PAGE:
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Just Like Hypnotizing Chickens

Hypnosis Chicken Those of us who go back a ways with Iggy Pop know that he certainly has more than a little “Lust for Life” — even at age 60. He was full of lust when I saw him eat dog food on stage almost 30 years ago.

I’d never imagined that the cruise line travel industry would one day be channeling subliminal messages from William S. Burroughs through The Iguana, carefully masked as a ploy to sell us on the joy of ocean cruises. But for the past couple years, a certain vacation cruise line has been running a snippet of Pop’s “Lust for Life” with a strange edit that aims to soften the song into some kind of hip “let’s party on a ship” message.

You may recall that that the line from “Lust for Life” used in the commercial, “Here comes Johnny Yen again…,” continues on to tell us that Johnny has liquor and drugs, and that he’s a sex machine. Those parts were snipped to the editing room floor by the commercial’s editors. What’s worse, the same sound barbers chopped out all of the fun bits about hypnotizing chickens.

Years ago, cruise ads ran with images of grandparents playing shuffleboard. Are the cruise lines of today hoping that aging punks will fill in the gaps, subliminally associating sex, drugs, and rock’n’roll with the superficial bliss of an ocean cruise?

David Bowie’s “Heroes” was once used in a series of Microsoft commercials, strategically fading out the line “We could be heroes…” just before the qualifier: “…just for one day.” I believe Steve Miller Band’s “Fly Like an Eagle” suffered a similar circumcised lyrical fate when used in an ad campaign. This sort of strategic edit is nothing new.

If you don’t already know who Johnny Yen is, and what he’s carrying, then it’s a bit oddly out of context to cite Yen as your icon for life lived lustily. It could almost be interpreted as some kind of warning that the boats are populated by Japanese tourists. It’s a weird line to use in a commercial.

Today I stumbled across an Iggy Pop interview in which he reveals the inspiration behind Johnny Yen, and the suggestion that love is like hypnotizing chickens. Big stuff – kind of like getting Don McLean to talk about the meaning of the lyrics to American Pie. While I admire McLean’s idea that “… songwriters should make their statements and move on, maintaining a dignified silence,” I must admit that I’ve always wanted to know more about how love could be “like hypnotizing chickens,” and just who Johnny Yen was.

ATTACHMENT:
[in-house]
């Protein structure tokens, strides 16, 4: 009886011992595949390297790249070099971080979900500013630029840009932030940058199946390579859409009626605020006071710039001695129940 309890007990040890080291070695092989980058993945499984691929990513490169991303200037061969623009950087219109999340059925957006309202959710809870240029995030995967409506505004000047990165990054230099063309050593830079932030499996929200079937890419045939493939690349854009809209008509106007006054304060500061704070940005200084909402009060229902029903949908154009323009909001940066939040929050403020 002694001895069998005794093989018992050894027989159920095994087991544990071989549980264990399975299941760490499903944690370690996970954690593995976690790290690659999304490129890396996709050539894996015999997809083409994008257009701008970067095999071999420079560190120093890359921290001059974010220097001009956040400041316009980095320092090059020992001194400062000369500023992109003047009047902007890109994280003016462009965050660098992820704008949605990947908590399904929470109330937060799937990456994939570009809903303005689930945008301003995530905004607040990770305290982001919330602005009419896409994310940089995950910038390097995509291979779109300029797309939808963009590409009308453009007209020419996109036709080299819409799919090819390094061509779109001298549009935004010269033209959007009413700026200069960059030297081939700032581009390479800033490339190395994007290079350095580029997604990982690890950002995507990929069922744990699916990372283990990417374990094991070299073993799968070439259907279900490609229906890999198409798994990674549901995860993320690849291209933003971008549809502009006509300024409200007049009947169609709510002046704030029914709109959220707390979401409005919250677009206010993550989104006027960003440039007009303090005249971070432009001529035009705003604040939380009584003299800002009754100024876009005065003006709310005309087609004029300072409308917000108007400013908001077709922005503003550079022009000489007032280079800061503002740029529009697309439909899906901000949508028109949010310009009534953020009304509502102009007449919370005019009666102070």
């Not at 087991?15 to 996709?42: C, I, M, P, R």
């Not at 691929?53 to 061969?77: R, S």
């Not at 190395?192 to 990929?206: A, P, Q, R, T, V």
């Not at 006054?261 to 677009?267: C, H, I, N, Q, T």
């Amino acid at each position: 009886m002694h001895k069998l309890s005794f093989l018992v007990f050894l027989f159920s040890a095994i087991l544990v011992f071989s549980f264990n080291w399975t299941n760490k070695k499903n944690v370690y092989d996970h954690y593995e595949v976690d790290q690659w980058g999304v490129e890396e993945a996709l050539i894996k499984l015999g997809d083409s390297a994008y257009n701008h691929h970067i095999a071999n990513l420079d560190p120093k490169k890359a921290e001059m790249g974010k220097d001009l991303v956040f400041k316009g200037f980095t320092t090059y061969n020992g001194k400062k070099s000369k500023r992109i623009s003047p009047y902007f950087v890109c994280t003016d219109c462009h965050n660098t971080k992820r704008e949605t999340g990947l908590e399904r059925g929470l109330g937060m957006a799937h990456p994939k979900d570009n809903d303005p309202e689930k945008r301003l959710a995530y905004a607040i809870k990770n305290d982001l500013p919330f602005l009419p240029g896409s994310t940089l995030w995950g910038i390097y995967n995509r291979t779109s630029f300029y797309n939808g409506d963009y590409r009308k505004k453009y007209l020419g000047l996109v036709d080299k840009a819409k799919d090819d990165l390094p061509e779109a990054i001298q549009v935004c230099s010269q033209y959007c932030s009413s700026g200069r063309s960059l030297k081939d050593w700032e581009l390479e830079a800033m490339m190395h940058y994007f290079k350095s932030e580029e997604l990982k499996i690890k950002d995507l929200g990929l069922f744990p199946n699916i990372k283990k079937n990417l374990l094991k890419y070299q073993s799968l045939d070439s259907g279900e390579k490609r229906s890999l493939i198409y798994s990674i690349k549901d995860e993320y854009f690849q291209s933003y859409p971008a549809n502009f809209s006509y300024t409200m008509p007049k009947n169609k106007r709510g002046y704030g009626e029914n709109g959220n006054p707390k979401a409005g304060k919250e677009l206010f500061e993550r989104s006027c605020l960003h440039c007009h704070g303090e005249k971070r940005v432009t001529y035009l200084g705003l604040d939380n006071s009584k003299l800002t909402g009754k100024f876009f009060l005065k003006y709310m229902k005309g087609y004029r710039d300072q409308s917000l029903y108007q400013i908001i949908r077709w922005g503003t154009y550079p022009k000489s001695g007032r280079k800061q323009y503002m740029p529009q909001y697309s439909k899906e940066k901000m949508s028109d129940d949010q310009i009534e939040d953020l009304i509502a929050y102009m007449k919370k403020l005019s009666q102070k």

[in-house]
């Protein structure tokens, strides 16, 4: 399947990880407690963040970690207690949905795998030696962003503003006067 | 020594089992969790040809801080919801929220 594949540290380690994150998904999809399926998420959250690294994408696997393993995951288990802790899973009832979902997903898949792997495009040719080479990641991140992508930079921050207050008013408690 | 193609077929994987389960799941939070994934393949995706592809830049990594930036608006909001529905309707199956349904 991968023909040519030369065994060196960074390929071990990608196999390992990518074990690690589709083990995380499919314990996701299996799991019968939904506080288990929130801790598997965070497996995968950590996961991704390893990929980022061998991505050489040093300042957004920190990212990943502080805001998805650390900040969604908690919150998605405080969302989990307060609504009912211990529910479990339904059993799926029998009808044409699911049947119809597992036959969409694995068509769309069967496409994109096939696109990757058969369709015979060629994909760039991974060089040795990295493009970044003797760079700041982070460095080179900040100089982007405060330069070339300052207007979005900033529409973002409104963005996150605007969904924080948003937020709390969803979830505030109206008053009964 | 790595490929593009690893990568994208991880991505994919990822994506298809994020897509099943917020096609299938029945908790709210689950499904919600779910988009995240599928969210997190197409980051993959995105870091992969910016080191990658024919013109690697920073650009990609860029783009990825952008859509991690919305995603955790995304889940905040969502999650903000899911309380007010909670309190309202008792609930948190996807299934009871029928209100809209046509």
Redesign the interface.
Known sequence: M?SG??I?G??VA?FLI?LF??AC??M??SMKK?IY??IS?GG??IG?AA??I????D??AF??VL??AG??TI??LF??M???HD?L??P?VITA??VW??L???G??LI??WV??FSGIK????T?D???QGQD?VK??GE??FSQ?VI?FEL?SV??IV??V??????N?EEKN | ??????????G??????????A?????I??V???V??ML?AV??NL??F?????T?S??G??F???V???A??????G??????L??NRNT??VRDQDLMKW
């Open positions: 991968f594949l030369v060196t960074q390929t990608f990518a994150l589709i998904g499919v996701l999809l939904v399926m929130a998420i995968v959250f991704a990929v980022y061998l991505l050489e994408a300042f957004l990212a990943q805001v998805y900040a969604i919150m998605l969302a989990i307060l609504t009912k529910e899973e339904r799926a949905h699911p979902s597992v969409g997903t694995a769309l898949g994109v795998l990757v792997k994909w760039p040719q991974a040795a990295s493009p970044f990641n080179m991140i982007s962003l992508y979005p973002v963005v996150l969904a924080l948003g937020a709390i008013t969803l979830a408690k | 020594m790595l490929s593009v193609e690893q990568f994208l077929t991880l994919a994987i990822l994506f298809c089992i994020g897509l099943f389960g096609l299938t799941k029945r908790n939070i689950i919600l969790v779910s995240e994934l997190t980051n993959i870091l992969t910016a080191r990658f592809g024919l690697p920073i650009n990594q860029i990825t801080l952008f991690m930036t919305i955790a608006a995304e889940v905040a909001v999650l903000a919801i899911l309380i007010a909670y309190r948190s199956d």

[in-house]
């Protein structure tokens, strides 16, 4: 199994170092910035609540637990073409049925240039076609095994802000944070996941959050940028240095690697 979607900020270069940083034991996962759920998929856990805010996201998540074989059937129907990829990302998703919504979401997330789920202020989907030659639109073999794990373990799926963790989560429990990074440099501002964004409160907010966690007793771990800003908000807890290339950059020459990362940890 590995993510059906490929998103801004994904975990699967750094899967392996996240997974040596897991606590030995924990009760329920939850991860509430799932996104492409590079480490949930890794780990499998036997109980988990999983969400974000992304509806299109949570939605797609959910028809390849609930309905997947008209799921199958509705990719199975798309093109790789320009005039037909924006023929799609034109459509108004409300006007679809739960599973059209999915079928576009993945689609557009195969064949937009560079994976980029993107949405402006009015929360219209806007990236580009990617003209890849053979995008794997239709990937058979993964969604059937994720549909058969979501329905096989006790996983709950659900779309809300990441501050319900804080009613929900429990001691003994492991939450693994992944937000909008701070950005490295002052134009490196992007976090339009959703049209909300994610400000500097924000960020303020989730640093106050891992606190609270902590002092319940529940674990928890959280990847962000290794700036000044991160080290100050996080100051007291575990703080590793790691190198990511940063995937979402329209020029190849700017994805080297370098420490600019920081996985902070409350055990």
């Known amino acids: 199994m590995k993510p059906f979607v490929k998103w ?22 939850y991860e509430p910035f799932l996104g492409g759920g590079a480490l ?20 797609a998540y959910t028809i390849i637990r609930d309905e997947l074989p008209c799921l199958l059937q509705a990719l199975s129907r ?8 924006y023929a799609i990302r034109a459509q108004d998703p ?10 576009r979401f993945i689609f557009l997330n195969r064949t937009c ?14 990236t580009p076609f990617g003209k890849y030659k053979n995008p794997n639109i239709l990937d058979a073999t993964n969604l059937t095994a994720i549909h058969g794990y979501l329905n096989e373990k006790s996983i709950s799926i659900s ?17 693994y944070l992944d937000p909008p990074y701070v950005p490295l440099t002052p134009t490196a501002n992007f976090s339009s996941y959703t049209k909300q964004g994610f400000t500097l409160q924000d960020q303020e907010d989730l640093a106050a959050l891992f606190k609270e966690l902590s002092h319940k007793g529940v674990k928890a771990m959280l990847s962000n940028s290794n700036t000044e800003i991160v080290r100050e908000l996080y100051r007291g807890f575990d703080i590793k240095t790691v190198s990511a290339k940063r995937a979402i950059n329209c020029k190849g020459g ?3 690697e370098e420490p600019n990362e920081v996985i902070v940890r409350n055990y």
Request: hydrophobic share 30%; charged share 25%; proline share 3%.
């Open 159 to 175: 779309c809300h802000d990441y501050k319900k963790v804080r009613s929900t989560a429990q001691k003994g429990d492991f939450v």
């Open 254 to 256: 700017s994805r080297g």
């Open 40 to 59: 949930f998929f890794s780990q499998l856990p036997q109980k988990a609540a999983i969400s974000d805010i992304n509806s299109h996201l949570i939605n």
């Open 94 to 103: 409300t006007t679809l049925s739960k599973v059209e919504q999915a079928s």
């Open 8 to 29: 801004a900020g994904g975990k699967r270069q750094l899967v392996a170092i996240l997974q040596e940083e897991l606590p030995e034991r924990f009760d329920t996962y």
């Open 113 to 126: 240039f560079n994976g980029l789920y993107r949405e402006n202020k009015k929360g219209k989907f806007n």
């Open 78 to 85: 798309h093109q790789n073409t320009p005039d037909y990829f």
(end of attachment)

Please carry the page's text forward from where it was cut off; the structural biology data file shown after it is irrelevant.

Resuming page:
Iggy spiels that “Lust for Life” is a nod to William S. Burroughs, whose esteemed character Dr. Benway was the source of the chicken analogy, and that Johnny Yen was Burroughs’ “Venusian green boy,” who used the love con as a charade. Finally, he explains that Bowie nicked the main riff for the song from an Armed Forced TV commercial.

So it turns out Johnny Yen’s anthem to lust was hashed out with Bowie on ukulele while watching Armed Forces TV, and that the song merges what was probably a military Morse code signal with Iggy’s observations on love as borrowed from William S. Burroughs.

It all makes perfect sense now. You can add “Lust for Life” to the list of Burroughs references in rock, alongside the Mugwumps and Steely Dan. I’m sure old Uncle Bill is smiling from beyond the grave every time he hears Johnny Yen’s name used to hawk ocean cruises.

From → Diatribes

2 Comments
  1. “Are the cruise lines of today hoping that aging punks will fill in the gaps, subliminally associating sex, drugs, and rock’n’roll with the superficial bliss of an ocean cruise?”

    Actually, I have several 20-something friends who think going on a cruise is a great vacation…. Some of my coworkers go on a cruise or two a year, so perhaps their marketing is working.. ;)

  2. shacker permalink

    I have to confess, I introduced the words “superficial bliss” in the edit, so those are my words not Mal’s. But I think I was capturing something similar to what Mal had originally written.

    I’ve never been on a cruise, and I would probably go if given a chance, just for the experience, but I would be predisposed to find it gross based on what I’ve heard about them: Every pleasure pre-packaged, being waited on hand-and-foot, an overabundance of food everywhere you look, and the ports-of-call treated like incidental shopping drops rather than actual cultural experiences. In other words, about as far as you can get from punk rock.

    Read an amazing essay about the cruise ship experience once by David Foster Wallace called A Supposedly Fun Thing I’ll Never Do Again – hilarious and highly recommended. It’s probable that if I had never read that piece I’d naively think an ocean cruise would be a thrill. But it poisoned my opinion for life.

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